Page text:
Today's Wisdom

Those who do not pass from the experience of the cross to the truth of the resurrection condemn themselves to despair! For we cannot encounter God without first crucifying our narrow notions of a god who reflects only our own understanding of omnipotence and power
Pope Francis

Tuesday, June 11, 2013

Le Danube Bleu

While checking some pictures and videos of dear young friends on FaceBook, I found a few videos of them dancing beautifully to classic music. I immediately remembered Le Danube Bleu Waltz that I danced with my only girl-friend at the age of 24. She was and still is beautiful. We later married and she is, since 1982, my wife Samia. But the depth of "Le Danube Bleu" goes further in my memory. The joy comes from my mother who loved this dance and probably danced it with my dad. "Le Danube Bleu" is an expression of love that elevates the soul and respects the other and the other's body. This is music as music should be. It is the fruit of the Renaissance that emphasized the human side of Christianity and retrieved the good in the "pagan"  Greek and Roman cultures before Christianity.
Listen to "Le Danube Bleu" here:

When I started learning music at the age of 17, it was this piece by Strauss that I first learned on the accordion. I never continued learning music but my sons did learn classic and sacred music at the renowned St. Michael's Choir School in Toronto. They sang in the Roman Catholic Cathedral of the Archdiocese of Toronto and were sent to sing as part of the Choir in Europe and to the Pope in the Vatican. Today they are professional musicians much in demand for their developed talents in churches; one as a singer and the other as the organist at St. Basil's Church. My two brothers in Toronto did the same for their boys. We do not regret at any moment the sacred music that our kids learned.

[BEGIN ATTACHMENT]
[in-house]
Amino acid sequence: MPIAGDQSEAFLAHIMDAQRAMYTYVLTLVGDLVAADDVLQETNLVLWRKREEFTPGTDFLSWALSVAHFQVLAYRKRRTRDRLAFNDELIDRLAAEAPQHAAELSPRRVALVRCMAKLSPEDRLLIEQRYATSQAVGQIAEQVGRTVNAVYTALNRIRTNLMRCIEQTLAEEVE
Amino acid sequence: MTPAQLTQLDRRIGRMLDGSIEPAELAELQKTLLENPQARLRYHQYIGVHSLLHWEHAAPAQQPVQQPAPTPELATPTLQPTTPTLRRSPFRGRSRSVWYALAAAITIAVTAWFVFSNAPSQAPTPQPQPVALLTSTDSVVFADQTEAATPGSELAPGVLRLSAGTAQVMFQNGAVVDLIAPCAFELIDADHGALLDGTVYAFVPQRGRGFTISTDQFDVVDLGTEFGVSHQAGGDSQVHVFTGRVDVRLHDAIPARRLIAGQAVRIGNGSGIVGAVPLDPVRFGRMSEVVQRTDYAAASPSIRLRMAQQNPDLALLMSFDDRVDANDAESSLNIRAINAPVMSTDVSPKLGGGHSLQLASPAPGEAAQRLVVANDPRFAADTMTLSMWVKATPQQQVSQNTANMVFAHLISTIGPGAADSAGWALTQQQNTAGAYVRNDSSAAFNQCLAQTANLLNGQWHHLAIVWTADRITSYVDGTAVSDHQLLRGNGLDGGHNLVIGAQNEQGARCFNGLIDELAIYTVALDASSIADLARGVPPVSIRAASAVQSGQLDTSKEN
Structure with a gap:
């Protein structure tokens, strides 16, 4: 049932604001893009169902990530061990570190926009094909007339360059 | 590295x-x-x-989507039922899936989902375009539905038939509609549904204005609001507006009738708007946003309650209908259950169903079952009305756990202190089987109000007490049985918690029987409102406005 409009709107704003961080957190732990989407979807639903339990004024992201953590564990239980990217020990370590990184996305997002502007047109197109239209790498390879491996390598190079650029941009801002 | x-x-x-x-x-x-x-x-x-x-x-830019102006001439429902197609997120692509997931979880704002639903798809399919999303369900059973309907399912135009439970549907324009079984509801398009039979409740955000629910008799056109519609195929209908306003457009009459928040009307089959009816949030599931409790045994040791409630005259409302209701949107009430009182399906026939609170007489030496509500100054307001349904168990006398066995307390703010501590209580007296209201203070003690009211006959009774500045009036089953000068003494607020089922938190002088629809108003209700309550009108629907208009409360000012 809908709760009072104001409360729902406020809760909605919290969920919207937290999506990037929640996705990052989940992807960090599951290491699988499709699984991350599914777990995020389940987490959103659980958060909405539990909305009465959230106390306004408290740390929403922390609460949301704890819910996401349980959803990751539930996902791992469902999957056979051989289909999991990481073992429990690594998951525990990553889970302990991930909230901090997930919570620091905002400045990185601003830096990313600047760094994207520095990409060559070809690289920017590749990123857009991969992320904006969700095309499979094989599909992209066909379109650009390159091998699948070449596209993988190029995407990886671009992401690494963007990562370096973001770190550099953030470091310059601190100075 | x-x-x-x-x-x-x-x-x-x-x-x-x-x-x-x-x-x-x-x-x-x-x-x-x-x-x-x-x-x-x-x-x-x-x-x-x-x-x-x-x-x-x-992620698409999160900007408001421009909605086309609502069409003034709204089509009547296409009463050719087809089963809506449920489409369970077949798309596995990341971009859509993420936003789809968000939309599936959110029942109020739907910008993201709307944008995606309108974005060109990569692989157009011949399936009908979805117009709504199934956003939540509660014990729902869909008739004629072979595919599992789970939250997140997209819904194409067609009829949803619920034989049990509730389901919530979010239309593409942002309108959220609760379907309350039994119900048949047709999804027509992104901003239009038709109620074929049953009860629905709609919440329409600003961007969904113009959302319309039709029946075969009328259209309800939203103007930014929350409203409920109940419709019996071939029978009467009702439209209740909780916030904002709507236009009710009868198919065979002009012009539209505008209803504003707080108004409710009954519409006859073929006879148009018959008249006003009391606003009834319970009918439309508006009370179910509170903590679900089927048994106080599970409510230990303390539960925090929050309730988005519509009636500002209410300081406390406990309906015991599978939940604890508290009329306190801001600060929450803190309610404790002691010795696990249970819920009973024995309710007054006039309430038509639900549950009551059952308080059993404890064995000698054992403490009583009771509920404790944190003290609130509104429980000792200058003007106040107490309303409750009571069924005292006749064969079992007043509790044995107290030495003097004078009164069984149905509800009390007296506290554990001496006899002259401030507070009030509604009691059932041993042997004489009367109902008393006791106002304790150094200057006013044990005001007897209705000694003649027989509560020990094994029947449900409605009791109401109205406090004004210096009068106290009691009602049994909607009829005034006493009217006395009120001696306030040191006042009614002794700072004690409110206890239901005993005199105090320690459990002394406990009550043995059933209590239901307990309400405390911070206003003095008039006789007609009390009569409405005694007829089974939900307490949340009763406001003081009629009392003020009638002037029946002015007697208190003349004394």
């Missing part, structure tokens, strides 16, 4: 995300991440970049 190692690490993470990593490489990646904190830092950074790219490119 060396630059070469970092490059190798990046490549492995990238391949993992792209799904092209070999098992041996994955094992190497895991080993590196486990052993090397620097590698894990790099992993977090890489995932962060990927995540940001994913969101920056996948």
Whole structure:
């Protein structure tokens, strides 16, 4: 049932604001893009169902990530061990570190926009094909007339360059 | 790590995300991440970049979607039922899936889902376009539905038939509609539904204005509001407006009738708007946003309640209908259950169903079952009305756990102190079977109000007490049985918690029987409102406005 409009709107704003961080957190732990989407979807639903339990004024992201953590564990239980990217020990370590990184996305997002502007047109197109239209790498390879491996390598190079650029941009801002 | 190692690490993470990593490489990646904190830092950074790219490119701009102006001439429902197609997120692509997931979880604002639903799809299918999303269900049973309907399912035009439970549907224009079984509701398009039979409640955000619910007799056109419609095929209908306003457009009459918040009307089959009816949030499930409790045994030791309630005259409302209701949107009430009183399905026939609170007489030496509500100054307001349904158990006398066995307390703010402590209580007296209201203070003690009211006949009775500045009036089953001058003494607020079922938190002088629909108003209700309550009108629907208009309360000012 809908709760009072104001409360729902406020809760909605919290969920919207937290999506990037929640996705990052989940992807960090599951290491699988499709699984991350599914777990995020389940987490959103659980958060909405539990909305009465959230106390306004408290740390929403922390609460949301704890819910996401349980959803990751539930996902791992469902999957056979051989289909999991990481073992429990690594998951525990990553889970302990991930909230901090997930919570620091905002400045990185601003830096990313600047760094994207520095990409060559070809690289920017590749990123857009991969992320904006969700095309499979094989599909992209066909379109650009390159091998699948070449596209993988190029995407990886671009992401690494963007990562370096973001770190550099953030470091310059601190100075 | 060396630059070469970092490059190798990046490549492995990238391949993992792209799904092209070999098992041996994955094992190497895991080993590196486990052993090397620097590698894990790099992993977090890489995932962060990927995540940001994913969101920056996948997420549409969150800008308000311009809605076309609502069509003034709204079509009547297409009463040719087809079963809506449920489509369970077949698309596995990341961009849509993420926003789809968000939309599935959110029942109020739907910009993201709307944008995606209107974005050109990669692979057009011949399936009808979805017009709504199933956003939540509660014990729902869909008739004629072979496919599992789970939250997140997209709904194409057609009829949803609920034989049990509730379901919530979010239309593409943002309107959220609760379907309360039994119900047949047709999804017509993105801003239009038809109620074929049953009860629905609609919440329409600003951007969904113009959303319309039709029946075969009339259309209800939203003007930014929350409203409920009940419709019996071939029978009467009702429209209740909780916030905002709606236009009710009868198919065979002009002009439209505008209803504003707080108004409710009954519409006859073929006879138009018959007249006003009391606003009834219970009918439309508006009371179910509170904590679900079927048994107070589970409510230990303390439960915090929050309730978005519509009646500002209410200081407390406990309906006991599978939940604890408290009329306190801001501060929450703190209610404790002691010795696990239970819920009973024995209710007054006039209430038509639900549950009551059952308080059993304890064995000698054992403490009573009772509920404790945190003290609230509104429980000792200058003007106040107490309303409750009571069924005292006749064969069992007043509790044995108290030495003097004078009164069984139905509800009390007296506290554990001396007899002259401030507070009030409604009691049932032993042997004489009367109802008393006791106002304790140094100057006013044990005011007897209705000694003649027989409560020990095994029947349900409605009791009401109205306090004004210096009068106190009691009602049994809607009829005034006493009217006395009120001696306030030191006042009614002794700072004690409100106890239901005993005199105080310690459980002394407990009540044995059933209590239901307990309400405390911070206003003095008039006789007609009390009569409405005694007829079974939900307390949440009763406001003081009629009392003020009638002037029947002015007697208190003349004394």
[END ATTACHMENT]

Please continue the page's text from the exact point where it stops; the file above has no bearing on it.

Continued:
I did not create this post for my own glory or for my family's glory but for those I wish to share with the joy that emanates from listening to good music and dancing to good music. Not every music is great, but there may probably be traces of good things here and there. My taste should not determine other people's taste. We only rejoice as Christians and humans when others rejoice in things that elevate the spirit and respect the presence of God even if they are not aware of his presence in them. Eternal joy is not only the promise of Christ to those who really follow him but also his desire for all humans as they have an opportunity to embrace God in his unbound love. It is in that sense that fear should be conquered as Christ conquered death. Christians are bound to show the luminous face of Christ through their way of living the love of God with everyone.

In music, we can express the beauty and grandeur in creation even if still "groaning" until creation finds its glory in God who is the Omega point to use the expression of Teilhard de Chardin, S.J. Henri Boulad, S.J. writes "The cosmos is sacred because God created it out of love!" Georges Farah, in the same direction, believes in joy and speaks about joy.. We conclude with St. Augustine "O God we will not find rest until we rest in you." The entire creation is a hymn to the unfathomable love of the Triune God.

Today's Quote

"Behold I make all things new." (Revelation 21:5)


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